The Future of Software Looks Like Services
Application software won’t look like venture risk for much longer.
When building app software was hard, there was a moat in software. The products weren’t easily replicable and that was enough.
As building app software becomes easy (or even automated) the execution, biz logic, systems, etc. become the moat but that’s very hard to prospectively underwrite (without proof) even if it’s relatively easy to identify at scale. So pure application software businesses are increasingly uncertain to start or invest early in early.
Eventually/soon we’ll get to a world where you just ask GPT-10 to “build me an app to do X, has these features, and looks like this screenshot” At that point, there will be no moat and infinite competitors for application software.
Software companies (and their margins and outcomes) will generally compress to look services companies: easy to start, usually not very big, little or no need for outside capital at inception, etc.
Because there is increasingly no moat in software, building a big high-quality business requires finding something else defensible and novel to pursue. You need to put more complex wrappers, strong network effects, or better business models/structures around software to have margin rich defensible businesses.
Software with tech risk (cyber, infra, etc) will look like app layer companies did in their heyday as the “basics” get easier and companies can focus more on the hard stuff. Everything will move one step down the ladder of risk and defensibility.
Who wins in this world once there are infinite, small point solutions and software vendors for every industry and org?
Integration platforms and vendor management becomes more important (everyone needs a Plaid or Mulesoft)
Software++ models with network effects will win their categories
Infrastructure that catalyzes/monetizes the rising N of small software businesses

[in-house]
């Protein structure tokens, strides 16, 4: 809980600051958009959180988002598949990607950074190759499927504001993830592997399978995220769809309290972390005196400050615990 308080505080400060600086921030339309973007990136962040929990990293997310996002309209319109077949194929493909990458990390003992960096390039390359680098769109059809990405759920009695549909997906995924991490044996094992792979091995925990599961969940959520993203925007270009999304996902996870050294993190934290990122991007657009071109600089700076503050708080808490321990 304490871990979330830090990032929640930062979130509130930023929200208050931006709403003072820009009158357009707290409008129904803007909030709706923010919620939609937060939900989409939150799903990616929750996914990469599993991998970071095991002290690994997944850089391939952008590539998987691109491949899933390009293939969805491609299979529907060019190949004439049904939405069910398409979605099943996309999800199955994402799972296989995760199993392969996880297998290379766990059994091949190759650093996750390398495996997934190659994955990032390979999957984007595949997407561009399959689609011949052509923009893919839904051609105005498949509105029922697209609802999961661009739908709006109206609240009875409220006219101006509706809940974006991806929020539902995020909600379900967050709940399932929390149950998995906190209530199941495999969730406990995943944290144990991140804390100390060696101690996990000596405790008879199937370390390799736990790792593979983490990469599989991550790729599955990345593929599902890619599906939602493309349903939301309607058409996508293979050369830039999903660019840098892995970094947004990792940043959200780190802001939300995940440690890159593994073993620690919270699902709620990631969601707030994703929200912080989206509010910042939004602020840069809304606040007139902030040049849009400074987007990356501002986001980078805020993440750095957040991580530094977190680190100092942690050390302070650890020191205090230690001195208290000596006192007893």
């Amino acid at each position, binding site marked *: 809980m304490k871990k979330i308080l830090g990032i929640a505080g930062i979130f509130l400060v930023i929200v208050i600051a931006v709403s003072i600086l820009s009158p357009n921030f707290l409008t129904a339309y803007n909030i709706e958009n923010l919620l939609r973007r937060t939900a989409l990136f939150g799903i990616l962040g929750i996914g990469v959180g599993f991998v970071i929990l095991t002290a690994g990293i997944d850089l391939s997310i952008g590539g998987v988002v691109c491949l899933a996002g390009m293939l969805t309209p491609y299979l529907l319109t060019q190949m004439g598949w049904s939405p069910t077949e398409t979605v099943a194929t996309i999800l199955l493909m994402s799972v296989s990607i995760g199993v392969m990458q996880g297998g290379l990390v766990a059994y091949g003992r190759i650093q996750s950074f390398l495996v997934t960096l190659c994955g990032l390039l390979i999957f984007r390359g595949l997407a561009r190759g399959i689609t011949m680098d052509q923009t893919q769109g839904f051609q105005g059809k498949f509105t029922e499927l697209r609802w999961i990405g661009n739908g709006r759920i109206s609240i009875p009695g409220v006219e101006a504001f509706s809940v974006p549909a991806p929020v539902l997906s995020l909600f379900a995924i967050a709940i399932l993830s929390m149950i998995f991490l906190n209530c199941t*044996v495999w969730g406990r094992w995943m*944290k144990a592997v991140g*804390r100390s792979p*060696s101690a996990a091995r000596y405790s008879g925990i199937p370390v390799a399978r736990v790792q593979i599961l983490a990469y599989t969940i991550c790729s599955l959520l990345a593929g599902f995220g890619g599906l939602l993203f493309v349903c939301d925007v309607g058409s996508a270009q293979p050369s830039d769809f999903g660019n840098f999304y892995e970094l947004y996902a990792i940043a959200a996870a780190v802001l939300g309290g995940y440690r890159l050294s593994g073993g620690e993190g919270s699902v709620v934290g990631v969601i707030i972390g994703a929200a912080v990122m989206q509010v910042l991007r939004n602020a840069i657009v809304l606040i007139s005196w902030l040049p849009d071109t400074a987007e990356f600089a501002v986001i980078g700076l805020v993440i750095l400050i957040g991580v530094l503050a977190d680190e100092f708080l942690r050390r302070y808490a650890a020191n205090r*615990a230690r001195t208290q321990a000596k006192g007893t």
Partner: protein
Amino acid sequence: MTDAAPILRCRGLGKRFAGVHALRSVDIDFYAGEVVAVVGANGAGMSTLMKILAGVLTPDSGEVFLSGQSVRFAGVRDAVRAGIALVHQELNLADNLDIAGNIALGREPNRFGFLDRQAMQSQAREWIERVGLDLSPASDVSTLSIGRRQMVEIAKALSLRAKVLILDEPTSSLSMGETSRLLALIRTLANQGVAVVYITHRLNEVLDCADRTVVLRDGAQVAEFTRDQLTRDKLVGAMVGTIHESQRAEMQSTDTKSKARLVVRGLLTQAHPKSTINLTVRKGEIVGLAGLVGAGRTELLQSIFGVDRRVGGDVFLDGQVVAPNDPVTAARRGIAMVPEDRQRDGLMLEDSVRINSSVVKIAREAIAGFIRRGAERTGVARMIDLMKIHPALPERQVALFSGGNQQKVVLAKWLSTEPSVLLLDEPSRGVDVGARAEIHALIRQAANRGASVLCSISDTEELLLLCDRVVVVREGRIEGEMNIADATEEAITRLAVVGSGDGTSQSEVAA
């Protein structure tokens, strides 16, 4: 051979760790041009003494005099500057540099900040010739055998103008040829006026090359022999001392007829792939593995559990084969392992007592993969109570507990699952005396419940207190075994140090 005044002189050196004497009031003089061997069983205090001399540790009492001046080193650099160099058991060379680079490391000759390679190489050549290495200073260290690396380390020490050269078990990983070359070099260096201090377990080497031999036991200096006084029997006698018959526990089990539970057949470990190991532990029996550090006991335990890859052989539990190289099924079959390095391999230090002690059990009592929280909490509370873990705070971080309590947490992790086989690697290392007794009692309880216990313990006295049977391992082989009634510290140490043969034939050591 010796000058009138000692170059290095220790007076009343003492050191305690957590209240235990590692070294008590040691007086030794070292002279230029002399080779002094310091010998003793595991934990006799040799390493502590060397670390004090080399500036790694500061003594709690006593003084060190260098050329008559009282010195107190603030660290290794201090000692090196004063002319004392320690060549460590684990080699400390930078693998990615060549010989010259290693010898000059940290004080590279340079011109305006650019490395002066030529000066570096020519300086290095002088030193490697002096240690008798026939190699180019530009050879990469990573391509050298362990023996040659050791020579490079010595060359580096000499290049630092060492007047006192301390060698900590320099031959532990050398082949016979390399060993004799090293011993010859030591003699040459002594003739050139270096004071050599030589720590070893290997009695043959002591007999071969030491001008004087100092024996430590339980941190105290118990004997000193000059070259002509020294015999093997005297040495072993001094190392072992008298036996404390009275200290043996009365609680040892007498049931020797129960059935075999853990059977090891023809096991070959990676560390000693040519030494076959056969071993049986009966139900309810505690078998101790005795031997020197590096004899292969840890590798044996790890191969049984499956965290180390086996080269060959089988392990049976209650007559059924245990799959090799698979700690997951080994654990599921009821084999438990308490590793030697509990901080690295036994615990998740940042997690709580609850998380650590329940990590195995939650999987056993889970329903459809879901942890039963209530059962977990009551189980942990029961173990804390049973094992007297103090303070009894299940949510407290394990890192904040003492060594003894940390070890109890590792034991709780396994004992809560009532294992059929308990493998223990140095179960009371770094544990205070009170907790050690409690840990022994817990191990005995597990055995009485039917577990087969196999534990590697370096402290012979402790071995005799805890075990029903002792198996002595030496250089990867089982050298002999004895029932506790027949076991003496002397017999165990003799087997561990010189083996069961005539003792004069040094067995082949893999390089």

Incumbents have brand and distribution. New startups, by definition, don’t. And when barriers to entry drop to zero and the number of competitors trying to squeeze through the same door goes up 100x, most categories just don’t produce the big winners.
So early stage, levered bets (of founders’ time or investors’ capital) on most pure application software just don’t won’t make sense anymore. At least not for venture. Maybe they already don’t.
Why You Think I’m Wrong and Why I’m Not
You: But Microsoft and Adobe are great!
Me: I’m making a prospective/forward looking statement. Nevertheless, there will still be great biz software companies that get started. They’re just becoming worse and worse early bets to make because they have no moat other than scale and execution.
You: Moat comes later! Why are you thinking about that at early stage?
Me: the moat might only be reified later but it can be anticipated early on. If you’re not thinking about that early, you’re not thinking about business model quality and earning power. And if there’s no barriers to entry, the business will never get far enough (on a risk-adjusted basis) to matter and activate a moat.
You: Big companies want to buy from big companies so the big software vendors will still be bundled platforms.
Me: Yes. And they’ll probably be the same big, bundled platforms that exist today. I’m not saying that SW goes to zero but rather that the new entrants will stay there (at zero). If something does break out, it will need to look like Rippling much earlier than most contemporary application software does.
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